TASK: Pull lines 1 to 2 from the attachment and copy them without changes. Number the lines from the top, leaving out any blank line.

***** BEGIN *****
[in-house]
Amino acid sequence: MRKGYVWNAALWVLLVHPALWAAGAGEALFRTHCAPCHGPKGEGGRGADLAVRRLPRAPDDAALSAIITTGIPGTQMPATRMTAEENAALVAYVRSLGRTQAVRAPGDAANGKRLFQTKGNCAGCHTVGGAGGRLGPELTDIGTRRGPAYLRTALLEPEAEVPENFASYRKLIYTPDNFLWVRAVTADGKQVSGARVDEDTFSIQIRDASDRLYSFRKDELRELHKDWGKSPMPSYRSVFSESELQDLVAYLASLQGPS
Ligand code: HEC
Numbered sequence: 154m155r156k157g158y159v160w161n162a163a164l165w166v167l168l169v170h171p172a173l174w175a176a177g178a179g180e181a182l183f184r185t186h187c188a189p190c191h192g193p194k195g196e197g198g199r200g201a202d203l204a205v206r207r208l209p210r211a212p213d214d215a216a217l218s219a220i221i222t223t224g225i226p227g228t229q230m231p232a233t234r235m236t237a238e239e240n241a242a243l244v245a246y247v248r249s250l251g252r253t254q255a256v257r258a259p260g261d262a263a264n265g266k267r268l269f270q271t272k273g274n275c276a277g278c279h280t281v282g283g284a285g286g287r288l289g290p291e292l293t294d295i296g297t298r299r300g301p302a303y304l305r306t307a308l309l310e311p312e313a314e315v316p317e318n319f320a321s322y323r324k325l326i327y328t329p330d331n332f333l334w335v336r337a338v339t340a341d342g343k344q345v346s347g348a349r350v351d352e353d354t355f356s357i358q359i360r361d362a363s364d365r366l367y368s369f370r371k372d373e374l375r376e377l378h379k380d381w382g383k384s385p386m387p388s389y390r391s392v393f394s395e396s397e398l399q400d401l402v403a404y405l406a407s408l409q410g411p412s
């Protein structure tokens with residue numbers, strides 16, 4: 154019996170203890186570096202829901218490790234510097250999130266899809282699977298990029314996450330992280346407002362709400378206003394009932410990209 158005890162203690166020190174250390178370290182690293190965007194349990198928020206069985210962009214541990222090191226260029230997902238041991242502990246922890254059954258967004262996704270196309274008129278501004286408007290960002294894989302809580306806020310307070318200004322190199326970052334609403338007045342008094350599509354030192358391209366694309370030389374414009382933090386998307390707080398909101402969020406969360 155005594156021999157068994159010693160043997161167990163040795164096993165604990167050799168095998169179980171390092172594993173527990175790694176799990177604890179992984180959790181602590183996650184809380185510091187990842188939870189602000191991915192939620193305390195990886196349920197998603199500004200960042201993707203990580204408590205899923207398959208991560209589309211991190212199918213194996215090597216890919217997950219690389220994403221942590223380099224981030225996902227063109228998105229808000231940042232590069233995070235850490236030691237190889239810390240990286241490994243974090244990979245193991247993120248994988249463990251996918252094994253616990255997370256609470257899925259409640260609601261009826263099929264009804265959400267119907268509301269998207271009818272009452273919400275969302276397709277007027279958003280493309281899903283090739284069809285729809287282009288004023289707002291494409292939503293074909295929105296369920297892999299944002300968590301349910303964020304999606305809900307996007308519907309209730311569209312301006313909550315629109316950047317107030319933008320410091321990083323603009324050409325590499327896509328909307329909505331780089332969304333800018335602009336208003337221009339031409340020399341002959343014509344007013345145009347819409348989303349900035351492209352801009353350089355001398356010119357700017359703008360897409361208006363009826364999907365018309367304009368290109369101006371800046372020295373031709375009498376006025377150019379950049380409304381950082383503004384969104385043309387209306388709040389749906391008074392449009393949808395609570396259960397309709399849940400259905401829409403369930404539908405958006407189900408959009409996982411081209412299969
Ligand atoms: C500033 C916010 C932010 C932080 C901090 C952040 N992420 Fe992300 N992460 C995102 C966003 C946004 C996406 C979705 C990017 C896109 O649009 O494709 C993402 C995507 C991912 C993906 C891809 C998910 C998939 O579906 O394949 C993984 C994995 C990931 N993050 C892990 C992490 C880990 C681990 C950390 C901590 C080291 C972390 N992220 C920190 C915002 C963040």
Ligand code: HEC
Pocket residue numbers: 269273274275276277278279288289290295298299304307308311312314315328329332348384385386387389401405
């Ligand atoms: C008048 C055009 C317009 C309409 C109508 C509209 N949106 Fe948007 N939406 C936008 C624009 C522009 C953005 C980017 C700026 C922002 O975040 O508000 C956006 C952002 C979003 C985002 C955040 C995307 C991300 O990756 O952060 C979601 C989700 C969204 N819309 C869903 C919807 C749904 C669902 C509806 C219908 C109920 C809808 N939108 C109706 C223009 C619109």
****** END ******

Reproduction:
[in-house]
Amino acid sequence: MRKGYVWNAALWVLLVHPALWAAGAGEALFRTHCAPCHGPKGEGGRGADLAVRRLPRAPDDAALSAIITTGIPGTQMPATRMTAEENAALVAYVRSLGRTQAVRAPGDAANGKRLFQTKGNCAGCHTVGGAGGRLGPELTDIGTRRGPAYLRTALLEPEAEVPENFASYRKLIYTPDNFLWVRAVTADGKQVSGARVDEDTFSIQIRDASDRLYSFRKDELRELHKDWGKSPMPSYRSVFSESELQDLVAYLASLQGPS